Qualifying… and the future

The good news is that Formula 1 has broken out of the daft situation in which it found itself, with a hopeless and utterly complex qualifying structure that was being hung onto because the powers-that-be did not want to be seen to be defeated. I am not sure that the decision to give up was made because of any great love of the sport and or any desire to protect it, but rather that it happened because those concerned were worried that they were eroding their own credibility – which was what was happening.

The retreat had the proviso that the FIA and the Formula One group want to re-assess the format of Grand Prix weekends, with a view to introducing changes in 2017. The logic behind this is simple. They want to keep race promoters and TV companies happy by providing them with more of a show than traditional qualifying procedures. The pursuit of this goal had taken them off into wildly complicated schemes that were virtually impossible to explain to the public.

Simplicity is often the best and most elegant answer and there is, therefore, a lot to be said for the idea of having a qualifying race on the Saturday of a Grand Prix weekend. Races are complex things if you want them to be, but if you simply want to watch a race and see who wins, without worrying yourself about strategies, then you can. Qualifying races have been used in the past and there is nothing fundamentally wrong with them, so long as the ring masters don’t try to introduce artificial elements, such as reversing the top eight, as happens in GP2. This means that some drivers win races that they do not deserve to win because they won pole position by finishing eighth.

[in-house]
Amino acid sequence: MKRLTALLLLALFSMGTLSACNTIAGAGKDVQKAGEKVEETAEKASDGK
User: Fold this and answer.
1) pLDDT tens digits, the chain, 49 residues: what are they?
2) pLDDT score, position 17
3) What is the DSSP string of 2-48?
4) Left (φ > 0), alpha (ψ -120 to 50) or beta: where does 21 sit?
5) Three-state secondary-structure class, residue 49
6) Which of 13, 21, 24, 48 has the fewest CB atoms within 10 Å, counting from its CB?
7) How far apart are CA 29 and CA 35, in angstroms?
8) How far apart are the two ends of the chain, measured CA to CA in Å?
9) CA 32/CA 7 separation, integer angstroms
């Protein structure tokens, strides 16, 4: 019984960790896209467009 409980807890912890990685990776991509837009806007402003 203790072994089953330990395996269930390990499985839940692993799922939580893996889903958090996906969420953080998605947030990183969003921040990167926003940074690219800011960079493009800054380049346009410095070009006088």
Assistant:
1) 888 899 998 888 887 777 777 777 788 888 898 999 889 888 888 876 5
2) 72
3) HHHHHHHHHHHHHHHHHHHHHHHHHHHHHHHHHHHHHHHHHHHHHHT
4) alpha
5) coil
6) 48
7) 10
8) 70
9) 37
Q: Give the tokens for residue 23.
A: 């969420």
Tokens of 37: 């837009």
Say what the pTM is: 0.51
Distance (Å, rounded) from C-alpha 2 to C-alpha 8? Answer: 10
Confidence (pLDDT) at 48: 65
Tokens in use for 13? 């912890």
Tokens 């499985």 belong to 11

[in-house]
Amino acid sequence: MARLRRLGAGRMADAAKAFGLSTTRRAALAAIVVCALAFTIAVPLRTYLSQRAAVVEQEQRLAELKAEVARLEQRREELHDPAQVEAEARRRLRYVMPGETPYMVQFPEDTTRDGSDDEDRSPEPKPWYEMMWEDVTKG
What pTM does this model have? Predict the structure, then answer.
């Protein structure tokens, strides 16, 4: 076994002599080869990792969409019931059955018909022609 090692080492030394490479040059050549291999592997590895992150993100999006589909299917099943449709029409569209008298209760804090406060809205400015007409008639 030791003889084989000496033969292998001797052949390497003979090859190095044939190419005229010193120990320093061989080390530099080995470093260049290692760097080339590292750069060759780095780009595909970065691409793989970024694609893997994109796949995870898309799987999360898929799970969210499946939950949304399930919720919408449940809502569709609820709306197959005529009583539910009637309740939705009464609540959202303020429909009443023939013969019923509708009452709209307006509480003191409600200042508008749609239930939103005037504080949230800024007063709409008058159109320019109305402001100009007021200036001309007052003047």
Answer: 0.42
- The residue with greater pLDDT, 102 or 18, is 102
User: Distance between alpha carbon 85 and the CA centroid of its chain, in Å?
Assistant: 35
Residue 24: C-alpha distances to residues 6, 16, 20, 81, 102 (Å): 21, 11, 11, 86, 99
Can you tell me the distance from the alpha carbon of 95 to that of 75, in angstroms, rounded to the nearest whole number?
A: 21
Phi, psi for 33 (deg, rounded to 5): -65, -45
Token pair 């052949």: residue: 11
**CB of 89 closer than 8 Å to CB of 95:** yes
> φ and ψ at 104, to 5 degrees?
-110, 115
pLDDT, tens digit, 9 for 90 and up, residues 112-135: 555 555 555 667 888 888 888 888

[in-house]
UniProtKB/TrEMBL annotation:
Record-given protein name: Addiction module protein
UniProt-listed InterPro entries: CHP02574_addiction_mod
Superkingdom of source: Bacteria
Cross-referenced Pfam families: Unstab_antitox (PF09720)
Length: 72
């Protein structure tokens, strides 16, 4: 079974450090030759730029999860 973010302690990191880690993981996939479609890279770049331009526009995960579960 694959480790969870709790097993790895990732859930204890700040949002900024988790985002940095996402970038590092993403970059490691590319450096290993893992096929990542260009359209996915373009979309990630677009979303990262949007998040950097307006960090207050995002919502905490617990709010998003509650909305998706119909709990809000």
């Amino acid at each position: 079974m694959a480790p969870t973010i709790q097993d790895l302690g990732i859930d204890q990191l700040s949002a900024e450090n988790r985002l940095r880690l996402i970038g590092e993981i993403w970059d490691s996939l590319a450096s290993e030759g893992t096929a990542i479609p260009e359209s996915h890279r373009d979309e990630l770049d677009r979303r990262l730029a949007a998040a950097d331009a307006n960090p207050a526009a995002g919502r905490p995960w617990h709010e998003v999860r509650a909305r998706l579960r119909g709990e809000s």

For the sport to be credible and escape claims of manipulation, the fastest man and the fastest machine should win – if they do a perfect job. If the car breaks down or the driver crashes then he suffers for it. A qualifying race would add excitement for the crowd, the opportunity for more TV coverage and it would also make Friday more important as there would be value in the qualifying to set the grid for Saturday, rather than two meaningless free practice sessions as is the case today.

The key element I think is that qualifying races should not involve World Championship points of any kind. They  should exist simply to decide the grid order. There are plenty of other questions such as the distances of the two races and whether there should be pit stops and so on, but as a concept I think it would spice up a race weekend.

It is clear that as the formula matures, there is convergence in terms of the relative competitiveness of the different teams. This is a good thing and rule changes serve only the increase the gaps again, giving the advantage to those with the most money. The only way to negate the money question is to have spending limits that everyone has to adhere to. These are entirely policeable and would be self-policing because no serious player could risk being caught cheating.

It would also be a bit like the NCAP crash-tests that were opposed by the car manufacturers until they realised that the safety rating of their cars could be used as a selling point. If one is winning F1 races, spending the same as the opposition, the victory has more value than if it is achieved by having more cash. If there were spending limits in F1 the sport would be more cost-effective and thus one would probably see more manufacturers interested in taking part.